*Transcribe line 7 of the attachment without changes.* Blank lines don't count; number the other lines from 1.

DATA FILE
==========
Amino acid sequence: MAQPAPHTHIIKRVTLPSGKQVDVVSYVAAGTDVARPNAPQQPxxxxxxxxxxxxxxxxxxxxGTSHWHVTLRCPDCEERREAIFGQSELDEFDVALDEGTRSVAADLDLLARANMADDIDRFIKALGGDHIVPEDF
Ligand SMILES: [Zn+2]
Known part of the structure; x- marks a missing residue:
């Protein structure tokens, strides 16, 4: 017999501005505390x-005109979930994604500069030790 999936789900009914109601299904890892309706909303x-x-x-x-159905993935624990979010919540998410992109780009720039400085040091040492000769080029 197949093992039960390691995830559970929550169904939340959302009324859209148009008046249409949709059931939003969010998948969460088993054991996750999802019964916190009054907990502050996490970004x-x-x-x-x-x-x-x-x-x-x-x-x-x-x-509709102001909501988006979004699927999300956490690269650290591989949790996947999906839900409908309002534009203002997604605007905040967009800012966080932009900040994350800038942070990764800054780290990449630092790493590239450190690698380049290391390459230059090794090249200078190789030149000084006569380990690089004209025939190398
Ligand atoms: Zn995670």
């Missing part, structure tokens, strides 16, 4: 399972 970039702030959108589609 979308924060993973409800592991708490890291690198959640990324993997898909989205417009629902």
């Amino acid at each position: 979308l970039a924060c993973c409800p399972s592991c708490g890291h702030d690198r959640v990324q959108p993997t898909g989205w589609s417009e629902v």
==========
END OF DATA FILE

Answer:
């Amino acid at each position: 979308l970039a924060c993973c409800p399972s592991c708490g890291h702030d690198r959640v990324q959108p993997t898909g989205w589609s417009e629902v």